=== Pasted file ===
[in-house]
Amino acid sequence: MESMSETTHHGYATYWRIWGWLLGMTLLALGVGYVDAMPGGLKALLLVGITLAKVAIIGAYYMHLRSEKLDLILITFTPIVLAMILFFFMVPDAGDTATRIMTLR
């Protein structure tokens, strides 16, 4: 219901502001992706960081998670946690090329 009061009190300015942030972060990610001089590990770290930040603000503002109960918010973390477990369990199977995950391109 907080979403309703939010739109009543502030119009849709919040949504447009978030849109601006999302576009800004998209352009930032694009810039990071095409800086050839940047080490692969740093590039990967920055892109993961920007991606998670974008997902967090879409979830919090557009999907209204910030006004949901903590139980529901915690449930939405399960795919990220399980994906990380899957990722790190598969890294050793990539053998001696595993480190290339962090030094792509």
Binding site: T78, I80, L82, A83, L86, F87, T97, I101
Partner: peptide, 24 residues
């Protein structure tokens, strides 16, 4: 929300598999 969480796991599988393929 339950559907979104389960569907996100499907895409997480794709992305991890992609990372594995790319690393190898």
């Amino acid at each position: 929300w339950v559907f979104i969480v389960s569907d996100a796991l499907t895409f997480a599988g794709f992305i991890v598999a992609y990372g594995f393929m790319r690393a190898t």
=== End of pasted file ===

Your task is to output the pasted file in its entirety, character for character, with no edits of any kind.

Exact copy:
[in-house]
Amino acid sequence: MESMSETTHHGYATYWRIWGWLLGMTLLALGVGYVDAMPGGLKALLLVGITLAKVAIIGAYYMHLRSEKLDLILITFTPIVLAMILFFFMVPDAGDTATRIMTLR
């Protein structure tokens, strides 16, 4: 219901502001992706960081998670946690090329 009061009190300015942030972060990610001089590990770290930040603000503002109960918010973390477990369990199977995950391109 907080979403309703939010739109009543502030119009849709919040949504447009978030849109601006999302576009800004998209352009930032694009810039990071095409800086050839940047080490692969740093590039990967920055892109993961920007991606998670974008997902967090879409979830919090557009999907209204910030006004949901903590139980529901915690449930939405399960795919990220399980994906990380899957990722790190598969890294050793990539053998001696595993480190290339962090030094792509």
Binding site: T78, I80, L82, A83, L86, F87, T97, I101
Partner: peptide, 24 residues
């Protein structure tokens, strides 16, 4: 929300598999 969480796991599988393929 339950559907979104389960569907996100499907895409997480794709992305991890992609990372594995790319690393190898």
């Amino acid at each position: 929300w339950v559907f979104i969480v389960s569907d996100a796991l499907t895409f997480a599988g794709f992305i991890v598999a992609y990372g594995f393929m790319r690393a190898t």